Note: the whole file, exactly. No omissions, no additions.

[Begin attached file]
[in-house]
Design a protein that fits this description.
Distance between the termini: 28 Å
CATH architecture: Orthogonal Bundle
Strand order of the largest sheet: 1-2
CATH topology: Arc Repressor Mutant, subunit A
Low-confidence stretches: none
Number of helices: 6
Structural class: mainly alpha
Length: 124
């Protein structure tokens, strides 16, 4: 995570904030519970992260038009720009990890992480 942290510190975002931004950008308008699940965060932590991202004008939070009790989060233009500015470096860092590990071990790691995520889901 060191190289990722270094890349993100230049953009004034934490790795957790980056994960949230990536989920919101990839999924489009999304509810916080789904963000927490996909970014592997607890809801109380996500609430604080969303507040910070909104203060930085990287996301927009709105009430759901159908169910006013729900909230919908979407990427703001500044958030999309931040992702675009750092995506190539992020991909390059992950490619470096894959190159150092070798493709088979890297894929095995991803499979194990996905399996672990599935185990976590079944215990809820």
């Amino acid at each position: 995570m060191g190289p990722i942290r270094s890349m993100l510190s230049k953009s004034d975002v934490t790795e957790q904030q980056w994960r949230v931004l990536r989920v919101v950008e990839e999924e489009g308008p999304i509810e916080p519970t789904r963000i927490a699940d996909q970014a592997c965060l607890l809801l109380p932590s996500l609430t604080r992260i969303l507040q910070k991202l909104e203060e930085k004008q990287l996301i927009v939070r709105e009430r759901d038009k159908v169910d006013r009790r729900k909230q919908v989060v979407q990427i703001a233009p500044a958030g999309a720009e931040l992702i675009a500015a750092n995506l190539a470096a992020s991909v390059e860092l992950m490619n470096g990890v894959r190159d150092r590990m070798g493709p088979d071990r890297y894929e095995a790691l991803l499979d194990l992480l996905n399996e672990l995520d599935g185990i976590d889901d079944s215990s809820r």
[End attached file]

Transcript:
[in-house]
Design a protein that fits this description.
Distance between the termini: 28 Å
CATH architecture: Orthogonal Bundle
Strand order of the largest sheet: 1-2
CATH topology: Arc Repressor Mutant, subunit A
Low-confidence stretches: none
Number of helices: 6
Structural class: mainly alpha
Length: 124
């Protein structure tokens, strides 16, 4: 995570904030519970992260038009720009990890992480 942290510190975002931004950008308008699940965060932590991202004008939070009790989060233009500015470096860092590990071990790691995520889901 060191190289990722270094890349993100230049953009004034934490790795957790980056994960949230990536989920919101990839999924489009999304509810916080789904963000927490996909970014592997607890809801109380996500609430604080969303507040910070909104203060930085990287996301927009709105009430759901159908169910006013729900909230919908979407990427703001500044958030999309931040992702675009750092995506190539992020991909390059992950490619470096894959190159150092070798493709088979890297894929095995991803499979194990996905399996672990599935185990976590079944215990809820």
């Amino acid at each position: 995570m060191g190289p990722i942290r270094s890349m993100l510190s230049k953009s004034d975002v934490t790795e957790q904030q980056w994960r949230v931004l990536r989920v919101v950008e990839e999924e489009g308008p999304i509810e916080p519970t789904r963000i927490a699940d996909q970014a592997c965060l607890l809801l109380p932590s996500l609430t604080r992260i969303l507040q910070k991202l909104e203060e930085k004008q990287l996301i927009v939070r709105e009430r759901d038009k159908v169910d006013r009790r729900k909230q919908v989060v979407q990427i703001a233009p500044a958030g999309a720009e931040l992702i675009a500015a750092n995506l190539a470096a992020s991909v390059e860092l992950m490619n470096g990890v894959r190159d150092r590990m070798g493709p088979d071990r890297y894929e095995a790691l991803l499979d194990l992480l996905n399996e672990l995520d599935g185990i976590d889901d079944s215990s809820r």